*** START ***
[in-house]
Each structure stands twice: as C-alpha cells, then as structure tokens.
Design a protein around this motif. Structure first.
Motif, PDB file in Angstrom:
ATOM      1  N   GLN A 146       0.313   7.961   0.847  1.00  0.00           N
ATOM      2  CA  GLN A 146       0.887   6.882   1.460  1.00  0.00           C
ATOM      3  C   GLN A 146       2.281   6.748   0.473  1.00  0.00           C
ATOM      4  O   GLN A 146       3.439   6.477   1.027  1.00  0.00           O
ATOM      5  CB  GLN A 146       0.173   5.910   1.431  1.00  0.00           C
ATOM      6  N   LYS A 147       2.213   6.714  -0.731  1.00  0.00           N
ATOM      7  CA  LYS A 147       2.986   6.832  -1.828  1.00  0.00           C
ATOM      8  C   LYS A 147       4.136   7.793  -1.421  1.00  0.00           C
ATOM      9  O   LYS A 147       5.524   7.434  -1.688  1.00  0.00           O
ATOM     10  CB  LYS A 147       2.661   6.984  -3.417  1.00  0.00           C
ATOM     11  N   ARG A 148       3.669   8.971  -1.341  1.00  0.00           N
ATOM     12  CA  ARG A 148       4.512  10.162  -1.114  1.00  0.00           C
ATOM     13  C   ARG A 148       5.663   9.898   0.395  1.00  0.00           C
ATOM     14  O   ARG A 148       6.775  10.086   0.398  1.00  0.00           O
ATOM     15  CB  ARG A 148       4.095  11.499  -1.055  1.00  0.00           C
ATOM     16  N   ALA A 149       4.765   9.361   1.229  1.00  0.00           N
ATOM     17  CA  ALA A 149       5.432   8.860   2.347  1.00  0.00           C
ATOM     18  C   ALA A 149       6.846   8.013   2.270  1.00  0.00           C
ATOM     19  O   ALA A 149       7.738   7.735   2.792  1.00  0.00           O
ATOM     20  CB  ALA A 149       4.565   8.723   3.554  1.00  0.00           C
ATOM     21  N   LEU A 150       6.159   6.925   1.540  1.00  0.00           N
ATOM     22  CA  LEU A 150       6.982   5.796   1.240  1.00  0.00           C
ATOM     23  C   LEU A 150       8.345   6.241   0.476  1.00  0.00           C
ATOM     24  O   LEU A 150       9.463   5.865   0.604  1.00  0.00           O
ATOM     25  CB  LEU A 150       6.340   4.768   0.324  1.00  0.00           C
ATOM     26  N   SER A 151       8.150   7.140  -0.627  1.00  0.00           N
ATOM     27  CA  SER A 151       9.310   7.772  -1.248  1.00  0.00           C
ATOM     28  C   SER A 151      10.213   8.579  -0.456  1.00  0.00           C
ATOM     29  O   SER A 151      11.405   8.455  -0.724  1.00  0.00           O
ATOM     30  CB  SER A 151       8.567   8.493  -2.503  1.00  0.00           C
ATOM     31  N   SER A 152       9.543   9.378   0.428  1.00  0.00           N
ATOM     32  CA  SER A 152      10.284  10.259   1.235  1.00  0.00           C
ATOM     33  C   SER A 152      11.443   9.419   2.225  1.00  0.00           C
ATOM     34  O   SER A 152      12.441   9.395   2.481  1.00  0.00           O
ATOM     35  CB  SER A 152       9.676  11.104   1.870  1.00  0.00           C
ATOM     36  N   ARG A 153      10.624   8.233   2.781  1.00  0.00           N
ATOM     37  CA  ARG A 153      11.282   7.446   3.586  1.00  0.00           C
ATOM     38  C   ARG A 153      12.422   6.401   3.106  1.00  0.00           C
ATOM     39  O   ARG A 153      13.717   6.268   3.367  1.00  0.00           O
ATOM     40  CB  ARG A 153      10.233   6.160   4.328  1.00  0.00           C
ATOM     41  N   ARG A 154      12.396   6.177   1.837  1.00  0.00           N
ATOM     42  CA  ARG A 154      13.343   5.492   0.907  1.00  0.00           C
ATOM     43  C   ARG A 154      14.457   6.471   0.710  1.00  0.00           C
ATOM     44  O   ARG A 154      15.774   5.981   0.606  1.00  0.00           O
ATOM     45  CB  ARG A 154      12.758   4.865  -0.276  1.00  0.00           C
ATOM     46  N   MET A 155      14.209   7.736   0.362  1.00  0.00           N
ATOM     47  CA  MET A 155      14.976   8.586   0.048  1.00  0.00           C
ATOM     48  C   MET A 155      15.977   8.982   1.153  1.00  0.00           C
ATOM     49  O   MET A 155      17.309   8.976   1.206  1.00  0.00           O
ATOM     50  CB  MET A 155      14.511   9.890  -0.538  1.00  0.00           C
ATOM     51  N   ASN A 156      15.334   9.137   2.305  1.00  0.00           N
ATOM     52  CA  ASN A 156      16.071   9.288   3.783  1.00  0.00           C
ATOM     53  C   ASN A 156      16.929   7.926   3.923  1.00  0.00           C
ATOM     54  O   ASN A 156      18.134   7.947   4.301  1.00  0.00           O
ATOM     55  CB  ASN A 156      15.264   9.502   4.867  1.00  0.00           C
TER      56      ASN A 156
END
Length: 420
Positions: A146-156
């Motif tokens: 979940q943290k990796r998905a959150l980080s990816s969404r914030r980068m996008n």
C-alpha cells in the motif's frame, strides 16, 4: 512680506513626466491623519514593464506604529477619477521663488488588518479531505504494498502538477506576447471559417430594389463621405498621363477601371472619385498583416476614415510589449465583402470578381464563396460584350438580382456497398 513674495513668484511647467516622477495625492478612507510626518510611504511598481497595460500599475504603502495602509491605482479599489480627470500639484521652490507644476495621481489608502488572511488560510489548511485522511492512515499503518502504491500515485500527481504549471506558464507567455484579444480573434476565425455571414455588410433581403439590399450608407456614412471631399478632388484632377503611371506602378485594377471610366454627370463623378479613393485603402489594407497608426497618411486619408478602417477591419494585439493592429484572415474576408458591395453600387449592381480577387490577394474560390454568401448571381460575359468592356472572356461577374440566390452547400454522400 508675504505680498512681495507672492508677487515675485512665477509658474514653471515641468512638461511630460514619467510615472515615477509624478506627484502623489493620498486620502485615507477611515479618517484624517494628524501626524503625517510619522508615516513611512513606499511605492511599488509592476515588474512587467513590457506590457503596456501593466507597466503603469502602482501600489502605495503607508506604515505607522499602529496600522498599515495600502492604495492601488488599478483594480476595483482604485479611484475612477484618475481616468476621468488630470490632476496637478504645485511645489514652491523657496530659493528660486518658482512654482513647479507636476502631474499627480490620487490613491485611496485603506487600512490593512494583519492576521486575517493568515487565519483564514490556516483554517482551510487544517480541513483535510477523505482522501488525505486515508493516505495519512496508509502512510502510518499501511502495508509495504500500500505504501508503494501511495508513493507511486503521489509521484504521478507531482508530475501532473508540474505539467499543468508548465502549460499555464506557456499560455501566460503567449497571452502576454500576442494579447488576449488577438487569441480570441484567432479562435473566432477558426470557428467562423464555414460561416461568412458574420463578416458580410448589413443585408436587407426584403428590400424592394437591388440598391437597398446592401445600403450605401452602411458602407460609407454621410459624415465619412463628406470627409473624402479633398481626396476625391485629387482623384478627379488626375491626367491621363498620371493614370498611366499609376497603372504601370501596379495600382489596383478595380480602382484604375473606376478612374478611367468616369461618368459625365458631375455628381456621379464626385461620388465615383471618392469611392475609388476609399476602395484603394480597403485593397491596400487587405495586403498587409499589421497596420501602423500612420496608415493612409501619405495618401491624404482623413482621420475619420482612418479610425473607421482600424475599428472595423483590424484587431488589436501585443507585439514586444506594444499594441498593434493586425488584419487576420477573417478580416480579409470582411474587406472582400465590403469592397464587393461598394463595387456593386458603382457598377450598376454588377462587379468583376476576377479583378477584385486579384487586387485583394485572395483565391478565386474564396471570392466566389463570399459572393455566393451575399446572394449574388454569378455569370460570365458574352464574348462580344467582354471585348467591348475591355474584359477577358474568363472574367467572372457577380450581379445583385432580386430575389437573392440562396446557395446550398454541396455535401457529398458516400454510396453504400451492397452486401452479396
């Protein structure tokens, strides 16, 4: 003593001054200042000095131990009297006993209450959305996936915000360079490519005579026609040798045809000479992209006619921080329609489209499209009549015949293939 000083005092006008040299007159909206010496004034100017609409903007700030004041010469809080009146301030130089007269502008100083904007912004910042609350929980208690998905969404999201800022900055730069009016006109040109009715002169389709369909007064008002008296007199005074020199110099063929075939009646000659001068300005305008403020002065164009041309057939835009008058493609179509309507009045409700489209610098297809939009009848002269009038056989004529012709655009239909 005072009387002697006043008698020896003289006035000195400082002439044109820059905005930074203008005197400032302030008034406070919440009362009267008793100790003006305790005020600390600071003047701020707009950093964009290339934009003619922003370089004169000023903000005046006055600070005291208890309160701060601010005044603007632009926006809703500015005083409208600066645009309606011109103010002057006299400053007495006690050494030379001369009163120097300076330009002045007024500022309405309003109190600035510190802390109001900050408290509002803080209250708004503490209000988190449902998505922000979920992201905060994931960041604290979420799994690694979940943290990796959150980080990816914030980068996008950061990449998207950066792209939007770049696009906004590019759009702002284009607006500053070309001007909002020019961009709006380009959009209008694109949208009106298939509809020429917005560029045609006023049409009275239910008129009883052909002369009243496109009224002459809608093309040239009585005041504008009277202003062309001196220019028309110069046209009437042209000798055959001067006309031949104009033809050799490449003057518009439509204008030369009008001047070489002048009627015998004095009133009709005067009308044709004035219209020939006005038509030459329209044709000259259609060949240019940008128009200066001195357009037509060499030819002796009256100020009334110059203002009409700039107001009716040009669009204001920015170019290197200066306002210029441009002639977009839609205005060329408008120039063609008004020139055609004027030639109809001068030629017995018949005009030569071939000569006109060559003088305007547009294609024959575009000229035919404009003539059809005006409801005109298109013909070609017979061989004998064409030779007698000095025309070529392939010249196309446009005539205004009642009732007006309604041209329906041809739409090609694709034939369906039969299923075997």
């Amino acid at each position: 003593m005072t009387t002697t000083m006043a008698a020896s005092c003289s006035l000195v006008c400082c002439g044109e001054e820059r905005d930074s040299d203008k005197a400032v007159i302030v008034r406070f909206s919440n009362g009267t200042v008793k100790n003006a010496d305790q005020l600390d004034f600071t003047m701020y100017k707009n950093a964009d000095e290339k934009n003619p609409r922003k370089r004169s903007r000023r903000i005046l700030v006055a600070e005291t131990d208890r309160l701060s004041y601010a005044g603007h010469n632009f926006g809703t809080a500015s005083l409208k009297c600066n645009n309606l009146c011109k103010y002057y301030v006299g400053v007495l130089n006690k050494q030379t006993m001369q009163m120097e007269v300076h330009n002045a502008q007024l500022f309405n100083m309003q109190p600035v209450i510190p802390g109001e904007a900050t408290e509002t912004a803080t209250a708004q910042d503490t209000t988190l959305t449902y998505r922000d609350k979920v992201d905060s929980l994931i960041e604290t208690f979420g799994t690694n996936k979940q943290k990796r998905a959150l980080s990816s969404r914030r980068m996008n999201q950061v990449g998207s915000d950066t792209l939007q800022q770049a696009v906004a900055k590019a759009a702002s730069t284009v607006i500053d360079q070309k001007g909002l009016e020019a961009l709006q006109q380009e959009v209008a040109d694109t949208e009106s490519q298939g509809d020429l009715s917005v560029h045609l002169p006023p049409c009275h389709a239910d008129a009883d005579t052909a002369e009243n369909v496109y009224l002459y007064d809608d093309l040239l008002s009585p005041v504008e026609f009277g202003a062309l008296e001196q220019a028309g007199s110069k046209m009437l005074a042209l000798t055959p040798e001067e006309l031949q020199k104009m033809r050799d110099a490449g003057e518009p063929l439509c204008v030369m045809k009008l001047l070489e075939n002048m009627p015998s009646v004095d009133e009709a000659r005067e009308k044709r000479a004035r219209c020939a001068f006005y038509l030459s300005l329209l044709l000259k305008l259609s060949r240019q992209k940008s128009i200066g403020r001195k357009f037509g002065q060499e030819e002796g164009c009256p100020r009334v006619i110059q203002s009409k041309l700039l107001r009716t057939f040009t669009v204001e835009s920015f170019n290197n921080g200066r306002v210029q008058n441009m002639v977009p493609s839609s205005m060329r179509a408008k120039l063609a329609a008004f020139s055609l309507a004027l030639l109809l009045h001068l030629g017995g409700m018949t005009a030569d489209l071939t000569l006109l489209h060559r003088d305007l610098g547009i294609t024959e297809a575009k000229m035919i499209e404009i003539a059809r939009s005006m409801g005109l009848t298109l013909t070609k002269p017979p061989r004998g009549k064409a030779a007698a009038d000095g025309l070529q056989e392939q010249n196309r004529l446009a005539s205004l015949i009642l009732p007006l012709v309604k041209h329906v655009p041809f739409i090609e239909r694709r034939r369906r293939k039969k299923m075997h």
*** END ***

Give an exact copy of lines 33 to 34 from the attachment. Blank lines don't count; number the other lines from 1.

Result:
ATOM     29  O   SER A 151      11.405   8.455  -0.724  1.00  0.00           O
ATOM     30  CB  SER A 151       8.567   8.493  -2.503  1.00  0.00           C